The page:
ENV 962a () / 2024-2025

Tribal Resources and Sovereignty-Clinic

Credits: 3
Fall 2024: W, 9:00-11:50, Sage 24

Tribal sovereignty is the primary basis and feature for Native-led conservation. It also forms the backbone of most relationships, whether between the tribes and the states or the federal government or between the tribes and private actors. The readings and other required materials will cover fundamentals and history of tribal sovereignty, inventory and examination of successful Native-led conservation approaches, an overview and examples of the historical remnants of colonialism that still create obstacles for tribes, and contemporary Indigenous perspectives of persistent land-based issues prevalent today such as Indigenous plant-based medicine and the land back movement. Key broad questions to address include “What are Native co-management and collaborative management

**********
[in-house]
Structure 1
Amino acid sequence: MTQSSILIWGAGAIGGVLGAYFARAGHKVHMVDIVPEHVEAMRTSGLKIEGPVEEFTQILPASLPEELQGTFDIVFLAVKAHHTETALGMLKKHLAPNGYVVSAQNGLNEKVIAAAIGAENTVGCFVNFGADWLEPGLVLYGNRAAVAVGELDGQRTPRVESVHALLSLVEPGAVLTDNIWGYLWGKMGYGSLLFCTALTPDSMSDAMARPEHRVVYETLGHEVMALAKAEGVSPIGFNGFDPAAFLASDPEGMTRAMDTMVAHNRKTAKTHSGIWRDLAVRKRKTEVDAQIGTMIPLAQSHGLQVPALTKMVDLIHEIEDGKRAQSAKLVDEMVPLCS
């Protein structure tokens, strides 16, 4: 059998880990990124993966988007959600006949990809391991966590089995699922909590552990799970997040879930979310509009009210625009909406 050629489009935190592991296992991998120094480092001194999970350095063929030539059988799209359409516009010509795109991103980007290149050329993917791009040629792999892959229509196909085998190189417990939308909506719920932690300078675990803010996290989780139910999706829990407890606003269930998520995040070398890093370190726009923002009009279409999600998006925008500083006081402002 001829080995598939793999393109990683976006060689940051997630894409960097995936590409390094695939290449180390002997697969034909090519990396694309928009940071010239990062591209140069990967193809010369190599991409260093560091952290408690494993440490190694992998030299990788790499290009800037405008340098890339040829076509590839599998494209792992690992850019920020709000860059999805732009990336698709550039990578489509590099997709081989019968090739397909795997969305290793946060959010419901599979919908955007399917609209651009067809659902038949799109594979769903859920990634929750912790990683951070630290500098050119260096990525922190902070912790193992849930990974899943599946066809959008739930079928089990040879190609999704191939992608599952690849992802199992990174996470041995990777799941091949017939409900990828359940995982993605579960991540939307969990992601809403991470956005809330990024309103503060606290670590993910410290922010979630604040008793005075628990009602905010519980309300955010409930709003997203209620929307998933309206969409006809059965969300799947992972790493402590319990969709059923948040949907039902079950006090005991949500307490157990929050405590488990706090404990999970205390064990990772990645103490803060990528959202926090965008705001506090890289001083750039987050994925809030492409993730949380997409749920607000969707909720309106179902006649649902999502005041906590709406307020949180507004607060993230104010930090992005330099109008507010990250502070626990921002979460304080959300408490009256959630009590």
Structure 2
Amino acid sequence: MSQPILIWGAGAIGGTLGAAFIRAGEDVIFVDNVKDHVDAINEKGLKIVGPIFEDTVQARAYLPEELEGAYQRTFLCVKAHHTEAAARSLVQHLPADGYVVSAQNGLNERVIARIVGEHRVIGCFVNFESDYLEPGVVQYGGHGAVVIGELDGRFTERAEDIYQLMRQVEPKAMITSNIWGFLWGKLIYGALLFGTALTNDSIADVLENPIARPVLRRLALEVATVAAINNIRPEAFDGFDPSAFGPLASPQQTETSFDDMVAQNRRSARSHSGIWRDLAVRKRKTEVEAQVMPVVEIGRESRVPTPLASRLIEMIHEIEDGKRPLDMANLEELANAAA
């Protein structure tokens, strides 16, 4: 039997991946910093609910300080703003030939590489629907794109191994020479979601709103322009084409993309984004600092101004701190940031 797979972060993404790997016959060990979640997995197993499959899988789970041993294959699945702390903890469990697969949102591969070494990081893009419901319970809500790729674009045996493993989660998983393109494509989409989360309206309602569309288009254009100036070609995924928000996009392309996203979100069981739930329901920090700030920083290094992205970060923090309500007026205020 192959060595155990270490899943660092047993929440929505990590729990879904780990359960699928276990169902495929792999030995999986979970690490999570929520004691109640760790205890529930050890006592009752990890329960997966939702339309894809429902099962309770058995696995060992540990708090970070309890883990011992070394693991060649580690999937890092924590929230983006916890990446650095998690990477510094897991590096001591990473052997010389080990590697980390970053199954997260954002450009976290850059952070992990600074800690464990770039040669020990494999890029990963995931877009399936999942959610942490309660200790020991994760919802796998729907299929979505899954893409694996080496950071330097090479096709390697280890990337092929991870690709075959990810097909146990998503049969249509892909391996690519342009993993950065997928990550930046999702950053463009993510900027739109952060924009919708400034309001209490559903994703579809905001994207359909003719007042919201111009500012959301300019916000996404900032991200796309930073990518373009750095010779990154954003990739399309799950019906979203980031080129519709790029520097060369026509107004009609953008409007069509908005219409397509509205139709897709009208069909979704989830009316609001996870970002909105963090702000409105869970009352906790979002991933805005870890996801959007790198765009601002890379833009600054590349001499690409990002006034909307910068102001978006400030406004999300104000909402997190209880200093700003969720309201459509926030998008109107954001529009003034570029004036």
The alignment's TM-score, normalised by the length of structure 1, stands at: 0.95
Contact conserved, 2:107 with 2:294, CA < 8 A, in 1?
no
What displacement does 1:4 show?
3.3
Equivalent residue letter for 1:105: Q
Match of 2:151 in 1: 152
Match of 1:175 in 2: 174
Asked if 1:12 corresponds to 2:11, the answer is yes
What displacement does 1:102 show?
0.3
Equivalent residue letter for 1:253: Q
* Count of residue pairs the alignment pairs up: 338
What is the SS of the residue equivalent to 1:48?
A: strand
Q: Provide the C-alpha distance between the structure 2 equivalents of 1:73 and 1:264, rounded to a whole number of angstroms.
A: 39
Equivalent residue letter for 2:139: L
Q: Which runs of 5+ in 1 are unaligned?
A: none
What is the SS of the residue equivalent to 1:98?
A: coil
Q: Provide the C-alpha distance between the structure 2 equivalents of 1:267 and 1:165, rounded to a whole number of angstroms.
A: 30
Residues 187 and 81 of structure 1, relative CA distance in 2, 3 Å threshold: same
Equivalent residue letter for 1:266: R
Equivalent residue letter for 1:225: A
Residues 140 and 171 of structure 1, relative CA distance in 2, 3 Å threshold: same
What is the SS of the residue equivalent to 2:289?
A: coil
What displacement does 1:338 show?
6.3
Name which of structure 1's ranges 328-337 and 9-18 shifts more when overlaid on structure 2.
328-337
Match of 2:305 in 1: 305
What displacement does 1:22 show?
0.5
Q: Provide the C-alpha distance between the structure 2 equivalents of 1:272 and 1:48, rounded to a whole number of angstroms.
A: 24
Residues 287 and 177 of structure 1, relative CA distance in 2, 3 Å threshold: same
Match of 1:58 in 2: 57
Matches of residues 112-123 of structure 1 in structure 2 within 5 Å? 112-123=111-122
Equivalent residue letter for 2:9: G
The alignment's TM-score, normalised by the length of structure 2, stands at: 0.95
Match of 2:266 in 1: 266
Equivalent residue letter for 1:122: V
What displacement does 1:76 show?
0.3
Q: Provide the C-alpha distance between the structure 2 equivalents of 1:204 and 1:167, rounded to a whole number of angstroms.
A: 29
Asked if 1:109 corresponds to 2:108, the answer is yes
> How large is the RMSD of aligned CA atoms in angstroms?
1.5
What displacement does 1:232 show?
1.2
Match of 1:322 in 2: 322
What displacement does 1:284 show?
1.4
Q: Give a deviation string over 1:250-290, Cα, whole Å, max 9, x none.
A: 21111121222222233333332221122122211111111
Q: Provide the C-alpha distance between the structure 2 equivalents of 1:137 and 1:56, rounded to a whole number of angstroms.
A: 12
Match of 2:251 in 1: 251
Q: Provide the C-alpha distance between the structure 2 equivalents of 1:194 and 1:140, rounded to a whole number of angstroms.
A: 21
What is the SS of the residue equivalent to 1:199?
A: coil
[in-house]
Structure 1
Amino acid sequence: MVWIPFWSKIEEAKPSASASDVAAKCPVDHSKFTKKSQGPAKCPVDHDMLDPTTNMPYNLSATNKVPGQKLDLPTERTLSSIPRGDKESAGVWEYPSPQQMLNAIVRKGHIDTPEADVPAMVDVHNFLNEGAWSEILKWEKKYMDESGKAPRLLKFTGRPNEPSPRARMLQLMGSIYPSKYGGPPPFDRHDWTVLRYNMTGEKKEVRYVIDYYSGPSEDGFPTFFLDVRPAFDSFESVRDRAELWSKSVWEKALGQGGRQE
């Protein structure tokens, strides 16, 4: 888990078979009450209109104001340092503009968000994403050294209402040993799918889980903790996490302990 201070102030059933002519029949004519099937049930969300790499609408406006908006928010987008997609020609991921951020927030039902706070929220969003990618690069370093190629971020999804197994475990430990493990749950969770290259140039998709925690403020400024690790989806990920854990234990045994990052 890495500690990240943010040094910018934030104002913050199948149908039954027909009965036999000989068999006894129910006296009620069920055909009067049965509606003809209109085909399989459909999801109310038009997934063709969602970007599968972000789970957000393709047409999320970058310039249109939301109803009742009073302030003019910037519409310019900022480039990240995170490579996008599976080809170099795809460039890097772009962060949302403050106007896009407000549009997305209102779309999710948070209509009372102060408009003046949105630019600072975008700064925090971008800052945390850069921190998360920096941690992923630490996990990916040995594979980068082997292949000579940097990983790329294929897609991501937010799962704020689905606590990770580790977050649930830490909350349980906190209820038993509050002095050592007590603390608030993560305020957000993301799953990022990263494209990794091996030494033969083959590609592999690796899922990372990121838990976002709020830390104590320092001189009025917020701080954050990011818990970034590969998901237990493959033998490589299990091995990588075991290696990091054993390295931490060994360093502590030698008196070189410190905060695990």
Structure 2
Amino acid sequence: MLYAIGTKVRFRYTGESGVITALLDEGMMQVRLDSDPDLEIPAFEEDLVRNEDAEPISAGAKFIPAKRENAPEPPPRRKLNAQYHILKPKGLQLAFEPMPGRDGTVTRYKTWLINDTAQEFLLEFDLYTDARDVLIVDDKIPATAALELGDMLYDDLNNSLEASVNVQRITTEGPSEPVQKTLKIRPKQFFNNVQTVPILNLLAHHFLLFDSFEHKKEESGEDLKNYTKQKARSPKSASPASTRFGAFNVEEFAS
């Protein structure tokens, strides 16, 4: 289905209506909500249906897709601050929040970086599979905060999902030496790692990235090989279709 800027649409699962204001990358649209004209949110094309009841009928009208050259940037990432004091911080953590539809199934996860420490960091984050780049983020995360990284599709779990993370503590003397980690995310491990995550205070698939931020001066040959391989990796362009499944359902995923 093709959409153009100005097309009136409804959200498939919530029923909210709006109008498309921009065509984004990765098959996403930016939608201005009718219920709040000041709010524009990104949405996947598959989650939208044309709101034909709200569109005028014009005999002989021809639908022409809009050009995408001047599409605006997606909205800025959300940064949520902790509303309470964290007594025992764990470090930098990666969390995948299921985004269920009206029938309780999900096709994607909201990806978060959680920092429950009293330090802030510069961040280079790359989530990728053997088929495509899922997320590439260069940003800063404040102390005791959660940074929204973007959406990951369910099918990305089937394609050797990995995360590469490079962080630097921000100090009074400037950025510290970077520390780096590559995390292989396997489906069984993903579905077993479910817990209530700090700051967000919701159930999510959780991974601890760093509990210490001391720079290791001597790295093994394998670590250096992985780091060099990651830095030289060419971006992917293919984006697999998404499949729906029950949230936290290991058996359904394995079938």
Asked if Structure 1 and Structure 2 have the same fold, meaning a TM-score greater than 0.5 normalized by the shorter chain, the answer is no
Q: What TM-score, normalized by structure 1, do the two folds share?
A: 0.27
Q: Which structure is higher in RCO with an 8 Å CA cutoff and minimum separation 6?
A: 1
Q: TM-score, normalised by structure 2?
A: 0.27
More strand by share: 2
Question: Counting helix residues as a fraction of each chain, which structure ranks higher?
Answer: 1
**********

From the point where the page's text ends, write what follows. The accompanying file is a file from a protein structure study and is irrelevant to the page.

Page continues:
approaches?” and “What are today’s institutional and structural barriers for successful tribal co-management?”

This is a graduate-level course,  with no prerequisites. It is designed for master’s and Ph.D. students at the Yale School of the Environment, students at the Law School, the School of Management, and the Divinity School. Yale College undergraduates and graduate students from elsewhere in Yale may enroll in this course with the approval of the instructor. To request approval to enroll, please email Professor Jessica Doe Mehta and the TFs. As a clinic-based course, students will be assigned to groups that will work with partner organizations on a project. Clinical projects partnerships are still being finalized at this time, but we will reach out to admitted students in August to ascertain partnership preferences.